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The New National Pastime: Competitive Coin Flipping

Welcome to The Riddler. Every week, I offer up problems related to the things we hold dear around here: math, logic and probability. There are two types: Riddler Express for those of you who want something bite-size and Riddler Classic for those of you in the slow-puzzle movement. Submit a correct answer for either,1 and you may get a shoutout in next week’s column. If you need a hint or have a favorite puzzle collecting dust in your attic, find me on Twitter.

## Riddler Express

From Daniel Kunigan, the sports sensation sweeping Riddler Nation:

Riddler Nation recently legalized sports betting, and of course everyone is excited to risk some cash on the national pastime: competitive coin flipping.

Every coin-flipping match is a faceoff between two teams. Each team selects a sequence of heads and/or tails to look for, and they simultaneously flip their own coin over and over until one team finds its sequence. If both teams find their sequences at the same time, they start over and flip until only team finds it. First to be the only team to have found its sequence wins.

You decide to get in on the action and go to one of these events. When you arrive, you see that the Red Team has chosen the sequence “heads-tails,” while the Blue Team has chosen “heads-heads.” You can get even odds on either team. Which team should you put your money on?

## Riddler Classic

From Ken Rosenbaum, the only thing more fun than Nim is Random Nim (or is it Randnim?):

Acey and Deucy have mastered the game of Nim. They start with three heaps — one with three counters, one with four counters and one with five counters. They take turns choosing a heap and removing counters — at least one counter, but they can also take multiple counters or the whole heap. The player who takes the last counter from the last heap wins.

They have learned that if the first player takes two counters from the heap of three and plays perfectly thereafter, the first player will win. In fact, they have gone online and learned the simple way to use binary numbers to find the winning moves. Result: The game isn’t fun anymore.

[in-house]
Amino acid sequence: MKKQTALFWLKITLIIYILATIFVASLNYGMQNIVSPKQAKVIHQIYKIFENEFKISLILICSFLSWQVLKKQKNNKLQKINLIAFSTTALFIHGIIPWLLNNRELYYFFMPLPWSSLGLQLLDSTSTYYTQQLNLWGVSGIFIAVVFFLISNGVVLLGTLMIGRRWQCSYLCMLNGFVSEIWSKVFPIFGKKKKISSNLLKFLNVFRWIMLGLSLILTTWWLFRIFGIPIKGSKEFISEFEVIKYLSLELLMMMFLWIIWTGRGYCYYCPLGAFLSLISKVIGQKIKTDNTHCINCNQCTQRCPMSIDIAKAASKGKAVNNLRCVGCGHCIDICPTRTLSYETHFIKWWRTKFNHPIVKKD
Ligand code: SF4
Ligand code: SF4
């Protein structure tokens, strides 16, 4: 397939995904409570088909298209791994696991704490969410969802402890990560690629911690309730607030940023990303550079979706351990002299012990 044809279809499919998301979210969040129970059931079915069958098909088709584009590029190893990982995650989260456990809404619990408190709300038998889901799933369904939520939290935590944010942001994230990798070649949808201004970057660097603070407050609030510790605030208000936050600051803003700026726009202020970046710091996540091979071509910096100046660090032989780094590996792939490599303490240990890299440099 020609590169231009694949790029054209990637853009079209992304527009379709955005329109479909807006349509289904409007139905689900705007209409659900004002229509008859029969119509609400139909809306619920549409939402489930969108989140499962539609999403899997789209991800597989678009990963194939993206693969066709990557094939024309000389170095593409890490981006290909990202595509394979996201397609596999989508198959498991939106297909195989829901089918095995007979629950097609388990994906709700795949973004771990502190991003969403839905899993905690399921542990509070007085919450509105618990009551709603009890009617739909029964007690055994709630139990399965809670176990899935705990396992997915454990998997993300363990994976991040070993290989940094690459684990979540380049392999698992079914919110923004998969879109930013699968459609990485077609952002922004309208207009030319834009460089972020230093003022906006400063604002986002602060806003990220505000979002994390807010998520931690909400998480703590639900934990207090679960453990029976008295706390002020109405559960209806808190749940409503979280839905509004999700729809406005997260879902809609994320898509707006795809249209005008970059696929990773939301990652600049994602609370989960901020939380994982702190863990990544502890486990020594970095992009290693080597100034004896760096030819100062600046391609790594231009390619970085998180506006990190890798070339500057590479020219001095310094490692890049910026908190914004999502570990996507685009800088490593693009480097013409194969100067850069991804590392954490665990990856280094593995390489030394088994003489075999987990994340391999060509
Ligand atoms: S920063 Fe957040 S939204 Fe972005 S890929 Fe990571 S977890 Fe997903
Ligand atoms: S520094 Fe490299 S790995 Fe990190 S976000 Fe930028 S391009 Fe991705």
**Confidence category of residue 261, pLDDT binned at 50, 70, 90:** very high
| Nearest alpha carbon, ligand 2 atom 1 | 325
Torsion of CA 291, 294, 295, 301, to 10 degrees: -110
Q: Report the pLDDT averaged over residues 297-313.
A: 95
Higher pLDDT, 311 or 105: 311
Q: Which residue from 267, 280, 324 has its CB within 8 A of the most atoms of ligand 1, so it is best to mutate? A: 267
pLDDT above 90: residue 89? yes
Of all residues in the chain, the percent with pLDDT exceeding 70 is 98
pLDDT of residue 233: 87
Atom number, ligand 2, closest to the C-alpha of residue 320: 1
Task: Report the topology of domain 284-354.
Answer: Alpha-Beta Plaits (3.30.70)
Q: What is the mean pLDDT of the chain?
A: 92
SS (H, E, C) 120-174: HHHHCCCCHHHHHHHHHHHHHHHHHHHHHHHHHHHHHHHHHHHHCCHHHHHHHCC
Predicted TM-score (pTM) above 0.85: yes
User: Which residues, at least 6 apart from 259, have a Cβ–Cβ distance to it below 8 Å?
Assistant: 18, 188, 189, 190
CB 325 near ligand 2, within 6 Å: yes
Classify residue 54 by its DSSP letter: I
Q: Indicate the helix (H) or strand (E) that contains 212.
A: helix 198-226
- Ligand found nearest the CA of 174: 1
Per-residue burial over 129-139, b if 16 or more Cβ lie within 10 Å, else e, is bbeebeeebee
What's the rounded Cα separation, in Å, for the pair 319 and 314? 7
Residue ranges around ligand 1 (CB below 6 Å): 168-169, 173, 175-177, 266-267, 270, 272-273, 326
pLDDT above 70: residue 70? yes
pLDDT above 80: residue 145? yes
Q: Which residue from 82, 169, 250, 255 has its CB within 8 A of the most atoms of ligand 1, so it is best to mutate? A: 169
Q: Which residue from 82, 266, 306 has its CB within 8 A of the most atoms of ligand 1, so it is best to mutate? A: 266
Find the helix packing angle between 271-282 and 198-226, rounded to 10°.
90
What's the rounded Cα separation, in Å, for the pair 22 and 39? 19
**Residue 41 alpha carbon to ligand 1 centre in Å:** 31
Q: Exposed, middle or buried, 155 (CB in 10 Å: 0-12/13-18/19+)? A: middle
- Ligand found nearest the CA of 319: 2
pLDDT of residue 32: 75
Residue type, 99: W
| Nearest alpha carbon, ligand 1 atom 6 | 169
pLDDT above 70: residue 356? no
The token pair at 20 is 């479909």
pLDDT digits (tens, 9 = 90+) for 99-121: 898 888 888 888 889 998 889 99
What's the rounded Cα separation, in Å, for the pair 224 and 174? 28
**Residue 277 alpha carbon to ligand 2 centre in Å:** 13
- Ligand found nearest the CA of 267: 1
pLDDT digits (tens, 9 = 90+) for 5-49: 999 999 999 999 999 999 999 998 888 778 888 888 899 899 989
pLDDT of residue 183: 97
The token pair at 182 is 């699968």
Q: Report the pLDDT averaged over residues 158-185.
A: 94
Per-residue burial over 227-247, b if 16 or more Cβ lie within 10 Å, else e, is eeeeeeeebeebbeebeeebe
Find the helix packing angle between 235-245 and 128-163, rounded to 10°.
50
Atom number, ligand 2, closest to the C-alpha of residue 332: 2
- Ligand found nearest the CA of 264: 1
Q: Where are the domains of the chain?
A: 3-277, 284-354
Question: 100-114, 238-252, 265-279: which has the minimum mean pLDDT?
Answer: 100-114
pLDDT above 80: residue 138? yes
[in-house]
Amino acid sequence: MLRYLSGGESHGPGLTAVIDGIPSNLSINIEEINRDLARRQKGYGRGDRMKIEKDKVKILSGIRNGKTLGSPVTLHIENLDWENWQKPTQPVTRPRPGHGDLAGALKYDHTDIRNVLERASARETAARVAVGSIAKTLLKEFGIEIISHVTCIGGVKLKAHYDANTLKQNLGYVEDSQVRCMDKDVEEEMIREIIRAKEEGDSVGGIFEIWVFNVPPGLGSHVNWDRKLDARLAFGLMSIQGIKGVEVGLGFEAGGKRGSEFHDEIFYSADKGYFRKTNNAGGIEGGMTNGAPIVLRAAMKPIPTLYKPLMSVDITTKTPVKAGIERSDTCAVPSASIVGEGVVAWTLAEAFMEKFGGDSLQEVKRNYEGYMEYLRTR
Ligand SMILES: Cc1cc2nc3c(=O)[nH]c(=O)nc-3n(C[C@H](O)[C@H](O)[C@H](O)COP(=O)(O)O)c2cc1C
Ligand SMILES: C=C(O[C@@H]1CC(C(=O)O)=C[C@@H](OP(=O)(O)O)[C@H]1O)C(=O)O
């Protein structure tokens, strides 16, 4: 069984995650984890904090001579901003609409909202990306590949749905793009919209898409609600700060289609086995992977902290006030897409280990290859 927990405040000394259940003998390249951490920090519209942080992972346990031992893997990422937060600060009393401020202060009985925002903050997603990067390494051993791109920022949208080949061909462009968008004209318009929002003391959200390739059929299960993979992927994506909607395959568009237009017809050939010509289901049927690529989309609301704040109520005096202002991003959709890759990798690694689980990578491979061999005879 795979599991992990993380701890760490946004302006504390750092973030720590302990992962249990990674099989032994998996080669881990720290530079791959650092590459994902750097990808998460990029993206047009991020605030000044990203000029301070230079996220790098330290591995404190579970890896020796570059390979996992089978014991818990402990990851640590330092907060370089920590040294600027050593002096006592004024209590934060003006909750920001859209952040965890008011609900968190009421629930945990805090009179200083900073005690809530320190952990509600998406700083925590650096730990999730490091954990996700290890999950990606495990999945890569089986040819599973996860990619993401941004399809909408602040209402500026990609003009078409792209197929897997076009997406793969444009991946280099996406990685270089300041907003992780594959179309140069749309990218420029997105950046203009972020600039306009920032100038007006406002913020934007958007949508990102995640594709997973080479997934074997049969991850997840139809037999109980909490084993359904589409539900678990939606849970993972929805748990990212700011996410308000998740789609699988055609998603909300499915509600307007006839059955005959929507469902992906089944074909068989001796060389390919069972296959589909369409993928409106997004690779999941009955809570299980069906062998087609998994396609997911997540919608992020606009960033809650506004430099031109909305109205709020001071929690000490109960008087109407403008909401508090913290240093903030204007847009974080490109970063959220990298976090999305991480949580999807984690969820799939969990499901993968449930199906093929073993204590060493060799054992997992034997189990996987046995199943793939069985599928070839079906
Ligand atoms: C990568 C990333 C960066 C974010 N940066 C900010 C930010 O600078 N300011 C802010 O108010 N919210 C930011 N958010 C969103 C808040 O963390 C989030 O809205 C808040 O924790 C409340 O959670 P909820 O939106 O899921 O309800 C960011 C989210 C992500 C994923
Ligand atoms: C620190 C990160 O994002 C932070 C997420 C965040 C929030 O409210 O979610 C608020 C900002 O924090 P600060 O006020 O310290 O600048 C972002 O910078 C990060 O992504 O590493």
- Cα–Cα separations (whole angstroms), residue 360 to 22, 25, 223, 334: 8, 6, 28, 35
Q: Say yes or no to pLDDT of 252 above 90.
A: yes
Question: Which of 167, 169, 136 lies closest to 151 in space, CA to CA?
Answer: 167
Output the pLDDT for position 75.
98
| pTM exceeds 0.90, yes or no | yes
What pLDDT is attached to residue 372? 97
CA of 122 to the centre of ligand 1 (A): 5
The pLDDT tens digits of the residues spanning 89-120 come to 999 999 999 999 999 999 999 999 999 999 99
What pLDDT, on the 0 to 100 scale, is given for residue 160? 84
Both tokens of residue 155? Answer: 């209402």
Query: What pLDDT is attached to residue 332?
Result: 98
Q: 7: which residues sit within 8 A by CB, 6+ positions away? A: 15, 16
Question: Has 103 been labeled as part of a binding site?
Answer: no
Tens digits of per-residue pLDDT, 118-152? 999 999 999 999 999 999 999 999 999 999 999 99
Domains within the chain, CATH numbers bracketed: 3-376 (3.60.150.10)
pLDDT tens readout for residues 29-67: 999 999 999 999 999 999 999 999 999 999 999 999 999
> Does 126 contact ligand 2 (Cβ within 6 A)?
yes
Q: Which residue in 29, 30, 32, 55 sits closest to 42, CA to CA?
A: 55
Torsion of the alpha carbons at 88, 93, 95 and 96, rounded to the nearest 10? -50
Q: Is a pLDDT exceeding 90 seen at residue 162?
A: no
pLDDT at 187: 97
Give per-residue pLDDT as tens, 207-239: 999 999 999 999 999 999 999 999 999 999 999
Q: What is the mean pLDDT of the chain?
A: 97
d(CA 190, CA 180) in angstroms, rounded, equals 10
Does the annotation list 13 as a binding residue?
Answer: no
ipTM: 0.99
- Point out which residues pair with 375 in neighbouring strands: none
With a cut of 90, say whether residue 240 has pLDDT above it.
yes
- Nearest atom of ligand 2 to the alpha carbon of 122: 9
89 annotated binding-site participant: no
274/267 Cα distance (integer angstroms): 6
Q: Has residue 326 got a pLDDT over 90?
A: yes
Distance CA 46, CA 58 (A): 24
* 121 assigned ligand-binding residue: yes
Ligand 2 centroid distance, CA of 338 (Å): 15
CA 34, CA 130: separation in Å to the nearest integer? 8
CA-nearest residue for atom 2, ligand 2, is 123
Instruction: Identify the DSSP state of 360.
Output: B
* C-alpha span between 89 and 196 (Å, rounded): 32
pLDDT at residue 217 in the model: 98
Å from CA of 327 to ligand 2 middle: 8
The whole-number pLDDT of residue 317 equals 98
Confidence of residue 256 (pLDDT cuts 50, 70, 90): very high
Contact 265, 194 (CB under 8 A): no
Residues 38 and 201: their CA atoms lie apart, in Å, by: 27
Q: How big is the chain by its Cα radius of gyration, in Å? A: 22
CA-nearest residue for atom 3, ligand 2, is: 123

But Acey, a compulsive gambler, has a suggestion: “Let’s start with heaps of random sizes! We’ll roll three dice and use those three numbers for the sizes of the heaps. To make it even more interesting, before we roll, let’s each bet a nickel that we’ll win. Since every starting position is either a win for the first player or for the second, and since the start is random, it must be a 50-50 chance.”

But it’s not a 50-50 chance. To make this random-start game actually fair, if Acey goes first, how much should Acey have to bet against Deucy’s nickel?

Extra credit: In a variation on the game, the player who takes the last counter loses instead of wins. How do the odds change under this version?

Extra, extra credit: What if they rolled two dice three times to get the initial sizes of the heaps?

## Solution to last week’s Riddler Express

Congratulations to ÑÑâÐ Bradley Dechant ÑÑâÐ of Marshall, Minnesota, winner of last week’s Riddler Express!

Last week brought us to a trailhead by the side of the highway where Xavier and Yolanda agreed to do some hiking. The trail dead-ended a few miles in. Sounds fun enough. One problem was, though, that Yolanda hiked faster than Xavier, but neither of them knew exactly how fast either of them hiked, and they strongly preferred hiking at their own natural speed rather than adjusting to match the other. Another problem was that their phones were dead and they had no other way to tell time. How could these two hike such that they started at the same time, hiked only on the trail at their own speeds, and arrived back at the trailhead at the same time?

This puzzle’s submitter, Dave Moran, explains: